What role, if any, do these considerations play in your calculus?

        • Leon says:

          This is exactly why I suggest that they opt-in to being moved, rather than being forced to do so. I agree with you that it is not ideal to force someone to move hundreds of miles away. But if someone is living a life where they are being shuttled from shelter to shelter, my guess is that many of them do not have ties to the area. I admit that I could be wrong, but I think that is a very safe bet.

          And for those with no ties, the services they are receiving can be provided much more affordably elsewhere. They likely can have better living conditions elsewhere. There might be more jobs available elsewhere. Increasingly, businesses are moving jobs away from NY because it is cheaper to operate elsewhere. Similarly, if these people eventually want to be able to afford to have their own home (which should be the goal), it is likely cheaper to do so elsewhere.

    2. nycityny says:

      How is a dorm style BED $158 per night while a fully appointed hotel ROOM is $174 per night? The math doesn’t add up.

      A $3,000/month studio apartment is $100 per night (and that’s a pricey studio). Why does a shelter cost so much more for so much less?

    3. Charlene says:

      I’m a female, homeless, 66 senior in Orange County, California
      I sleep in a car every night In
      a parking lot. I have yet to see any opportunities at any hotel, or any kind of place to go for shelter.

      • lynn says:

        Try this link for California: https://www.shelterlistings.org/county/ca-orange-county.html

        Shelter Listings is dedicated to serving the homeless and low-income. This list has homeless shelters, halfway houses, affordable housing, etc. The database consists of over 3,000 listings and includes emergency shelters, homeless shelters, day shelters, transitional housing, shared housing, residential drug alcohol rehabilitation programs and permanent affordable housing.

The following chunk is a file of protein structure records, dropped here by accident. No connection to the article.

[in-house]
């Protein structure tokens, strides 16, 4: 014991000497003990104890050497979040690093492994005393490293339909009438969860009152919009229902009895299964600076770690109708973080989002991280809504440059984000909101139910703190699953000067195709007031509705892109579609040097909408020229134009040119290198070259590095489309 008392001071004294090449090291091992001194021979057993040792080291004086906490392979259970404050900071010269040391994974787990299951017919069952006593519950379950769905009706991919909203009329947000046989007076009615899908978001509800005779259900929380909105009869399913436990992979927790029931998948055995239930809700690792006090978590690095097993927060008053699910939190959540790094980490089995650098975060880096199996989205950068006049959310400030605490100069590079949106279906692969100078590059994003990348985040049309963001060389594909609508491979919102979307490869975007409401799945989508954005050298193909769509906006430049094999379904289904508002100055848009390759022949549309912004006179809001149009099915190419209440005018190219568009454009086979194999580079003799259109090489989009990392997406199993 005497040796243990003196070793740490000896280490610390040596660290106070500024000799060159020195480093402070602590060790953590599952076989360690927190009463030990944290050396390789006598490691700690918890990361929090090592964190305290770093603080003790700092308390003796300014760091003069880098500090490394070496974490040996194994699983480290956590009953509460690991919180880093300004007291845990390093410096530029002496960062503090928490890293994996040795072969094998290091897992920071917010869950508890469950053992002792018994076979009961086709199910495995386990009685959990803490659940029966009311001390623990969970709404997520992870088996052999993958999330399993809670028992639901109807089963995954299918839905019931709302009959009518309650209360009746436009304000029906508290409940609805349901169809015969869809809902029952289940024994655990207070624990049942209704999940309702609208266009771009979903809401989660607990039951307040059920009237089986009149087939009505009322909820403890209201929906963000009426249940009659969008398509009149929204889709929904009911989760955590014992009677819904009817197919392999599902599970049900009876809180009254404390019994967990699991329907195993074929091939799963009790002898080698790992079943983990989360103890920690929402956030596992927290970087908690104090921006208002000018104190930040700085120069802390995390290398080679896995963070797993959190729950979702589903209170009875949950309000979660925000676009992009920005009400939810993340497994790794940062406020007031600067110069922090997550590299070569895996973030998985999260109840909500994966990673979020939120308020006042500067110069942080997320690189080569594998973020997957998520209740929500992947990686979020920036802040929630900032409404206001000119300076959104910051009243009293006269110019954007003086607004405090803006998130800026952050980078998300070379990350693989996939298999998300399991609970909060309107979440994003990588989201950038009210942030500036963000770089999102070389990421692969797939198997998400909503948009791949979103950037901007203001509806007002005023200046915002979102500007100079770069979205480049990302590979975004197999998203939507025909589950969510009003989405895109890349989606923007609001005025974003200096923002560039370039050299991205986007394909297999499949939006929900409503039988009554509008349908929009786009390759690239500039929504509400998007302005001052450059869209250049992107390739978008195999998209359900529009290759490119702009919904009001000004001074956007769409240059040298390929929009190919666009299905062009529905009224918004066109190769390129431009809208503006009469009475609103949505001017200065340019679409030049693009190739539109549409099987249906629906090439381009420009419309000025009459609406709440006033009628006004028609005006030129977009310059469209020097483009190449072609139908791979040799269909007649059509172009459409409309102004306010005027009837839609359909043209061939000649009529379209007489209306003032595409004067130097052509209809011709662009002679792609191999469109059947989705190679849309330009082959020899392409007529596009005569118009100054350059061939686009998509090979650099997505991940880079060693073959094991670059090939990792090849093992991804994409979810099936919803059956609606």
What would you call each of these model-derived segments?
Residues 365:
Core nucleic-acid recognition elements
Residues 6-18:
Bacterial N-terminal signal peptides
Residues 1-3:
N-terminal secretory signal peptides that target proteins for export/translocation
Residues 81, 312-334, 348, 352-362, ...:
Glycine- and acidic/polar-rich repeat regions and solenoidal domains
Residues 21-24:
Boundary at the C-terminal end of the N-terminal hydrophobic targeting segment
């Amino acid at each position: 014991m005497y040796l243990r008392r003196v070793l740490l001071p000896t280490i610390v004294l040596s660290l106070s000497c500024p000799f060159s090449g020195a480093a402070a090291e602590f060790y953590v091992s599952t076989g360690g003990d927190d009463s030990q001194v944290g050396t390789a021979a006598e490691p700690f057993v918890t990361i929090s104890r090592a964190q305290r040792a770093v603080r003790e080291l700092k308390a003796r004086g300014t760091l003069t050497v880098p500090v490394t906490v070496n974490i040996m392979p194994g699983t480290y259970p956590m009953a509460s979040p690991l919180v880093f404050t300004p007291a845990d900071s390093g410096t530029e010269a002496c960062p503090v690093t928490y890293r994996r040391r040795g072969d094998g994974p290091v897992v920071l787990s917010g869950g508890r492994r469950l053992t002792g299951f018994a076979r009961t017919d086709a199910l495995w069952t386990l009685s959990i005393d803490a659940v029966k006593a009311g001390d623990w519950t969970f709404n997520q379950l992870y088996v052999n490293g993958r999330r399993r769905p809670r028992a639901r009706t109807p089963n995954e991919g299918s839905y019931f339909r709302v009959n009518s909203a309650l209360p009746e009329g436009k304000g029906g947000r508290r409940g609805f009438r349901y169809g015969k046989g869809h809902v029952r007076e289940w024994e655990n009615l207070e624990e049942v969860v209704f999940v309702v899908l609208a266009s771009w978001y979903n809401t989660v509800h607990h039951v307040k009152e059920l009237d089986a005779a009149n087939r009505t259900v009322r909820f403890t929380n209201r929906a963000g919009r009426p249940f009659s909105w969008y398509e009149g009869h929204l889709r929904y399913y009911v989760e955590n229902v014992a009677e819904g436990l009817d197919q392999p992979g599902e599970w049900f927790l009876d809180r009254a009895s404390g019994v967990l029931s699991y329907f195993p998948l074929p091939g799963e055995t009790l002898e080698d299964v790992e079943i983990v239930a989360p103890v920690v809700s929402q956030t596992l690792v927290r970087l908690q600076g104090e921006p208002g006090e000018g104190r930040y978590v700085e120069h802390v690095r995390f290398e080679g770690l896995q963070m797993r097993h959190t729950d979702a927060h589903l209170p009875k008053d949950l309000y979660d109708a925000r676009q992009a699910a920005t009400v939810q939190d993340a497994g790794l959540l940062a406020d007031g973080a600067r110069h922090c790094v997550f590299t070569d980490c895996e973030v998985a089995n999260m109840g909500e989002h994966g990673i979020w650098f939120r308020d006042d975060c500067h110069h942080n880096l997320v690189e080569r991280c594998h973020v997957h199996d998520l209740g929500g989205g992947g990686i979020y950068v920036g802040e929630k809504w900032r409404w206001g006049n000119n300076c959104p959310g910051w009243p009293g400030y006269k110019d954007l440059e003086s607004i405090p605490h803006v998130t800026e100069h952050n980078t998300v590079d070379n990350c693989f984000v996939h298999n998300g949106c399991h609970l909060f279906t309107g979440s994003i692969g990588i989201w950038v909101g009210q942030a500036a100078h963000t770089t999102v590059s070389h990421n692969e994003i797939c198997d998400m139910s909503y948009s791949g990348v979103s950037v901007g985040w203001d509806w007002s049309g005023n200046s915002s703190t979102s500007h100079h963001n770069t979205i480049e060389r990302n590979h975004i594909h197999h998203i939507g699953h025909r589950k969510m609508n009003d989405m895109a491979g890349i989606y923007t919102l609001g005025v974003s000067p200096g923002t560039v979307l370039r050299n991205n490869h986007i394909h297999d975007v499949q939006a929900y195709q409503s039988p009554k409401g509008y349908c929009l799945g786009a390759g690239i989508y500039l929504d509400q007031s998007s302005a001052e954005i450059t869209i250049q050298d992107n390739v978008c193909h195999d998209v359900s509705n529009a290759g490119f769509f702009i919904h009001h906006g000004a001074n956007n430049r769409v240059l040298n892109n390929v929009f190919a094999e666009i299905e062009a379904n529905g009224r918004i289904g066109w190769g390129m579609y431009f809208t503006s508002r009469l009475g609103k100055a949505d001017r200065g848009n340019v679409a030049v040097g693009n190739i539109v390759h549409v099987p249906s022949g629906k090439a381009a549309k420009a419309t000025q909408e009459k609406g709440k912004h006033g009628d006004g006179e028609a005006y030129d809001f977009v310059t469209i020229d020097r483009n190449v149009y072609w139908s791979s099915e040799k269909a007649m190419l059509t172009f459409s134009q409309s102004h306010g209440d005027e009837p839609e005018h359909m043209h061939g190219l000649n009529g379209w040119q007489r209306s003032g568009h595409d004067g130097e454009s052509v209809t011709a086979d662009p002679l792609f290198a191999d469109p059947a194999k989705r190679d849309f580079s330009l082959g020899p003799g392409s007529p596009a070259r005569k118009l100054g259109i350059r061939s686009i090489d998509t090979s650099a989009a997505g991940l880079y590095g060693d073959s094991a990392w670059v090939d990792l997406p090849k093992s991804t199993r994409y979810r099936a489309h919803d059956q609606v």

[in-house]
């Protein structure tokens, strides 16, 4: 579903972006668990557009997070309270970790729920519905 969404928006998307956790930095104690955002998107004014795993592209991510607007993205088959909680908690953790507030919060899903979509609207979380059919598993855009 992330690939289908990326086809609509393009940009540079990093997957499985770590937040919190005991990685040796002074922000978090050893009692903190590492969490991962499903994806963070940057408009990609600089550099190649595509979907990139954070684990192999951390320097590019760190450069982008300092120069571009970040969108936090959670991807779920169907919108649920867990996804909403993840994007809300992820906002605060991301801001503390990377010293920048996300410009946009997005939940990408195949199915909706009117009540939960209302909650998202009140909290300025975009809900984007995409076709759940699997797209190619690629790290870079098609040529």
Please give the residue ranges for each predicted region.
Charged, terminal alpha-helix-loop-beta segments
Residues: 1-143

4. Just a thought, a data point which may or may not apply here.

      I was walking home from Trader Joe’s last night (Tuesday) about 9, walking north up Broadway on the east side of the street, between 78th &79th, across from the Apthorp, near the recently abandoned New Wave Diner (a big loss in my little world. Once full of the photos & fans of a shining Cyndi Lauper, & now just a sad empty shell… but I digress).

      If you know that block, it’s covered with unlit scaffolding; kind of gloomy at night.

      So I’m walking, alone, and out of the gloom steps a man, shirtless, yet with a coat on (It was 84 degrees). Wordlessly he held out his hand and wordlessly I shook my head without stopping and that’s when he leapt at me, grabbing at my shoulder and chest with a loud snarl.

      Need I mention that he wasn’t wearing a mask? You would think in his profession… anyway, I didn’t even drop my groceries; I just pushed him back: hard. I may be 70, but I’m no pushover. And that was it, almost. He went silently back into the gloom and I continued on my way. All of… 20 seconds had elapsed?

      I got to the end of the block and there were 2 European men (I assume) who’d been watching me.

      “He jumped you?” the taller of the two said. “Yup.” I replied.

      He said (pointing to his companion) “He jumped him last night… and was throwing quarters at him. He also attacked some woman the other day”

      “He’s a f* nut”. There seemed to be nothing to add, & I was finally beginning to feel a little shaken, so I continued home.